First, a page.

Great review and post! Lovely pasta dish too! 🙂

  6. Jessie says:

    Leave it to you, Joanne, to turn a subject I have not thought much about before into a gosh darned important topic that requires serious consideration! I confess I have not thought about the shape of my pasta before, but I must! It’s true that those thin little pasta sauces have not business applying to be dinner along with those robust pasta twirls. As for THIS pasta … she likes her “sauce” tall, brown-haired, and nerdy 😉

    Going to vote … right … NOW! 😀

  7. I was pathetic at geometrics, but would definitely be thrilled to learn about the very interesting geometry of pasta!
    These fagiolini pasta sound like a very healthy and tasty dish… Any advice whether Penne would be geometrically correct for the fagiolini 😉

  8. I love reading your posts, Joanne. They are always so entertaining! 🙂

  9. I love that there is a whole book dedicated to the Geometry of Pasta. Of course each shape is better suited to different sauces and preparations-thanks for blasting this out there so we can remember this! Gorgeous recipe too.

  10. Big Dude says:

    We generally go with the pasta that is our favorite or the one we happen to have on hand, but way in the back of my mind there has been this little nagging thought that says certain shapes go with certain sauces. I’m glad to know there is a source of info and I’ll plan to get the book and get myself educated. Thanks for posting about it.

  11. Amy says:

    Is this book dedicated to you? Or are you referenced in the credits? This is so perfect for you. And perhaps me. I want a copy…putting on wish list. Check.

    I’ve sort of dismissed that little asterisk on recipes noting “to use pasta with ridges so the sauce sticks to it.” I guess there’s more to it than that. Veeerrry interesting.

    The reason all those dating/relationship books don’t work is because people are way more complex than pasta.

  12. Amy says:

    I know you know that, of course. That was sarcasm… in case it wasn’t obvious. Shit, I can’t talk, type, or pay attention this early.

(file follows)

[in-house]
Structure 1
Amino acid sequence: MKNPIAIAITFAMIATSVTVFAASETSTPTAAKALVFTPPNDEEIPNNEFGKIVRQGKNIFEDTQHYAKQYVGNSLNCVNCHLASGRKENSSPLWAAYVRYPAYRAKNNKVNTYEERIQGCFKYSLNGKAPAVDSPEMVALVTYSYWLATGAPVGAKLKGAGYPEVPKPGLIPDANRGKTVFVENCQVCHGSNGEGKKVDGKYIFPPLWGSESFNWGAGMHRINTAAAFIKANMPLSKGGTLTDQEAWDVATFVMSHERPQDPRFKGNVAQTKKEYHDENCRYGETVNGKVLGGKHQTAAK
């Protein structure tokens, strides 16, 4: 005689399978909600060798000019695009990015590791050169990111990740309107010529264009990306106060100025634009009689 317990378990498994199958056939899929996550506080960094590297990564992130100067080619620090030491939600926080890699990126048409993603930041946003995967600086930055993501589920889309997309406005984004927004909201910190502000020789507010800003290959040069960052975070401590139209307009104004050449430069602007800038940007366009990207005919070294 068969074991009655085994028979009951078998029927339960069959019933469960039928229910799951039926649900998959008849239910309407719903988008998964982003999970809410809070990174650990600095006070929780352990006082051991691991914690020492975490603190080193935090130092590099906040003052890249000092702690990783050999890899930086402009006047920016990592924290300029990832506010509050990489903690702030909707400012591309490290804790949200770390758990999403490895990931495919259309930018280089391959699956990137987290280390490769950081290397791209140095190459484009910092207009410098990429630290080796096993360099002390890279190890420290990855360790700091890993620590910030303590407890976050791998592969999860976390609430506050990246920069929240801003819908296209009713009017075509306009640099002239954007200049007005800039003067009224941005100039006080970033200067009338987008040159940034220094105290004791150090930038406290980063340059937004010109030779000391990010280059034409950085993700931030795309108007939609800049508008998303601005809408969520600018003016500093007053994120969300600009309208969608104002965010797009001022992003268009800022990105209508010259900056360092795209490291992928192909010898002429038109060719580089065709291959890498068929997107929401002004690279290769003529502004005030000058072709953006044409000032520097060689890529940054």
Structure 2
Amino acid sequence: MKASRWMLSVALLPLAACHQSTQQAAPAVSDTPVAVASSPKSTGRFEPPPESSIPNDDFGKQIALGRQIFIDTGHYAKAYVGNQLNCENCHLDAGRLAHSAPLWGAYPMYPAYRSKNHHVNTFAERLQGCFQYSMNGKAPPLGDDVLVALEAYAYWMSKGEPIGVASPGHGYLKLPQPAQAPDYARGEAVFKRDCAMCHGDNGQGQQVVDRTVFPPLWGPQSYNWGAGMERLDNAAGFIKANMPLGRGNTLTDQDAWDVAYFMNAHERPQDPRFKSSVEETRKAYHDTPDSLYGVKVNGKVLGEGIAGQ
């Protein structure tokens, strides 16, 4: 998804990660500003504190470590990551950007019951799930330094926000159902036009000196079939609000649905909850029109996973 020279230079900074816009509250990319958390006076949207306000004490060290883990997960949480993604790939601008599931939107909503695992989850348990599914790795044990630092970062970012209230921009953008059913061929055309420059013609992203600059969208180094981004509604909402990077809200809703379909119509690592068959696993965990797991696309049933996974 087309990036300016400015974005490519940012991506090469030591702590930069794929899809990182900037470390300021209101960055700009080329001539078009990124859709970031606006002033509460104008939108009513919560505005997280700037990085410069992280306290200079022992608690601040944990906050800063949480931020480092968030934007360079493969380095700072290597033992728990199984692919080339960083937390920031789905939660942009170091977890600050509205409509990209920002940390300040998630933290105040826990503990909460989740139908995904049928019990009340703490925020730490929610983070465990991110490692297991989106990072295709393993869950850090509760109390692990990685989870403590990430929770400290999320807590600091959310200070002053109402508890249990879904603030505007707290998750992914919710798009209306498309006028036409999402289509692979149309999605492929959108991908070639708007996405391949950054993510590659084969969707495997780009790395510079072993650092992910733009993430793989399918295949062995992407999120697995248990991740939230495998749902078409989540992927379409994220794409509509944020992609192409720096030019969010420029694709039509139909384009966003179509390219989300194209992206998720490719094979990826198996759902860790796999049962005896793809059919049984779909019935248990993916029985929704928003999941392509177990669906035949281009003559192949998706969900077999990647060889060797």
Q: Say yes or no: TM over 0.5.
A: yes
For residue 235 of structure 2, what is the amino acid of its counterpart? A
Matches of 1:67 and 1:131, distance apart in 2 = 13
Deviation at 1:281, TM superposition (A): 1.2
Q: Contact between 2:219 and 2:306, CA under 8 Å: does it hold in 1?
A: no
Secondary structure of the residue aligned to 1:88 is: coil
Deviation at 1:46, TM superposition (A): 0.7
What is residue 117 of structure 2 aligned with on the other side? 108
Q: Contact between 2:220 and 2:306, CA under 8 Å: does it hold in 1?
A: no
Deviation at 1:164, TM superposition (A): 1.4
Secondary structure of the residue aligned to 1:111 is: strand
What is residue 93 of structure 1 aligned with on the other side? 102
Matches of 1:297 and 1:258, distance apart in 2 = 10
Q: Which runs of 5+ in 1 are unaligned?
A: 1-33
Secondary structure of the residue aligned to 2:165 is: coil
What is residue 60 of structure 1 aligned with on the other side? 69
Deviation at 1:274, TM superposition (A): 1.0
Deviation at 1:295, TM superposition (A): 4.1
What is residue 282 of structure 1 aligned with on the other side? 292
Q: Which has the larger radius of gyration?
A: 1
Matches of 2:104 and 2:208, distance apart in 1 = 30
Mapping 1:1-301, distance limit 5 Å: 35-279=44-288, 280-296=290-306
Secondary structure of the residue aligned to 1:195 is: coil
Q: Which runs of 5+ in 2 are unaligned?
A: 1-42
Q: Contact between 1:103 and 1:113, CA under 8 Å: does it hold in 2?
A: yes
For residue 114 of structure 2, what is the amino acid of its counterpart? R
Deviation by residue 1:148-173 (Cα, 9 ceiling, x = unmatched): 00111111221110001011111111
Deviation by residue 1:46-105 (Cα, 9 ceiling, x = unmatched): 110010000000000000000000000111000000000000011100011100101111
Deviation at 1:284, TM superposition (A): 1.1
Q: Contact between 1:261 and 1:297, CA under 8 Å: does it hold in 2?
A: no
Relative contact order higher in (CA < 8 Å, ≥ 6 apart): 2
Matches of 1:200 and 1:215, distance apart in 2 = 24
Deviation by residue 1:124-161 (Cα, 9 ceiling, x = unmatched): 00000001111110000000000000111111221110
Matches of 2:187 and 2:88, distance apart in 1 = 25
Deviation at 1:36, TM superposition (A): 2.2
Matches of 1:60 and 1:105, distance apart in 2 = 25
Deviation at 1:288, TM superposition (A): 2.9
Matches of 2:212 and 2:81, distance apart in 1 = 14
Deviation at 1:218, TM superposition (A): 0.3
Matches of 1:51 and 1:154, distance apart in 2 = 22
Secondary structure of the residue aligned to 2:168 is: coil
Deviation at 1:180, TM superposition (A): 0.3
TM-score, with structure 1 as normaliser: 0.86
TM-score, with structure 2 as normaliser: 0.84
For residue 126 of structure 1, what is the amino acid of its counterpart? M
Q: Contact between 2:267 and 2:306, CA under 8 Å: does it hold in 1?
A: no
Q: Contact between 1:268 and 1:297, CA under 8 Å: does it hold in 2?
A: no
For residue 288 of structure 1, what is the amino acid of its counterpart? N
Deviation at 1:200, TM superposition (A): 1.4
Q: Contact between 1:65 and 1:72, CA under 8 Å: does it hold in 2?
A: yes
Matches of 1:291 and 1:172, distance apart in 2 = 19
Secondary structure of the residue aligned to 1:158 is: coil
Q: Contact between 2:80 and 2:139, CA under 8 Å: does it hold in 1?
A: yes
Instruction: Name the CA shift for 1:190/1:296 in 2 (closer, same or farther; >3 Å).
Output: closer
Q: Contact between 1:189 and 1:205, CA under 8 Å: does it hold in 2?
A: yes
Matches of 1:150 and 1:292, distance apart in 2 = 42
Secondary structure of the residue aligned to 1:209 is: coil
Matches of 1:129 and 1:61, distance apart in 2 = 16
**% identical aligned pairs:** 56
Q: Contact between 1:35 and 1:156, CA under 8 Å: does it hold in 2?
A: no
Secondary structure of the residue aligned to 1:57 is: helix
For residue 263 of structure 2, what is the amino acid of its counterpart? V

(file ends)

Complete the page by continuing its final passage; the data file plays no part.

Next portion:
13. Victoria K. says:

    So interesting! I know there’s certain shapes that are better with thin sauces versus thick sauces, but it would be really cool to see the specific suggestions 🙂 I DO love pasta, of course, hehe.

  14. elra says:

    So simple, yet delicious Joanne!

  15. Tasha says:

    This must be one of the most interesting pasta sauces I’ve seen. Pureed green beans with cinnamon & garlic? Certainly not something I would come up with on my own, ever, but I’ll bet it was awesome.

  16. Swathi says:

    Beans and pasta looks delicious. I haven;t tried this combo i need to try.

  17. Fascinating!! I’ll definitely start putting more thought into what sauce I pair with what shape . . .

  18. Mo says:

    Joanne, this is genius. I love that the beans make the sauce! And the touch of cinnamon… ah! I need to try this, definitely. 🙂

    PS – Pesto goes great with fusilli. Hmpfh. 😛

  19. Joanne,
    It’s amazing how much pasta shape plays a part! This dish looks great! I love stopping by your blog. Wonderful photos and recipes, and your writing style is so much fun to read!

  20. Kristen says:

    That dish has all the right stuff. It sounds like a great meal. Hopefully the pasta and sauce will live happily ever after. I’d hate for the pasta to have to repost that ad.

  21. Witty and clever post, but that’s par for your course. Anyone who does not understand the relation between sauce and pasta, really has never made a pasta dish. It’s like you said, there are certain pastas that pair better with certain sauces.

    You are quite the pasta millionaire matchmaker.

  22. I am 100% Italian, grew up on pasta (except we called it macaroni) and yet have no real idea what pairs well with what. All I know is my mom’s meatballs and marinara sauce are good enough to eat alone. 🙂

  23. Jennifer says:

    Sounds like a great book and a superb recipe!

  24. Nutmeg Nanny says:

    Looks great! I have to admit…I’m one of those people who just pick a pasta and run with it. I should probably give a little more thought into my sauce and pasta combination.

  25. There had to be a method behind all the madness of pasta shapes and sizes.The book sounds like a good read Joanne.

  26. Julia says:

    That looks so appertizing and healthy 🙂

  27. Mo Diva says:

    MMMM I think i can relate to them curvy full bodies sauces… 🙂
    Im a big fan of pasta and this dish looks like straight up comfort and yumminess all in one. im in love.

  28. Mmm, pasta is one of my very best friends!
    I love some of the Italian names – especially the priest stranglers. ?

  29. Mari says:

    I love that you always make me giggle before you show me the delish meal you cooked up!

    that pasta dish looks heavenly (as always)

  30. Ameena says:

    I know very little about pasta so I think I need to read this book. My kid loves spaghetti, my lazy husband prefers penne because he hates to be inconvenienced by having to cut spaghetti, and I can’t eat pasta unless it’s gluten-free.

    We are quite a high-maintenance bunch.

    Your fusilli looks divine!

  31. Hmm I may have to pick up this book because while I’ve always been aware of the specificities in picking a pasta shape for a certain sauce, I don’t understand it! Sounds like this book is pretty useful for anyone who loves pasta (which is everyone, isn’t it?).

    Also, if you come to New Jersey there’s not a ton to do here but we have some nice restaurants to try out 🙂

  32. Ann says: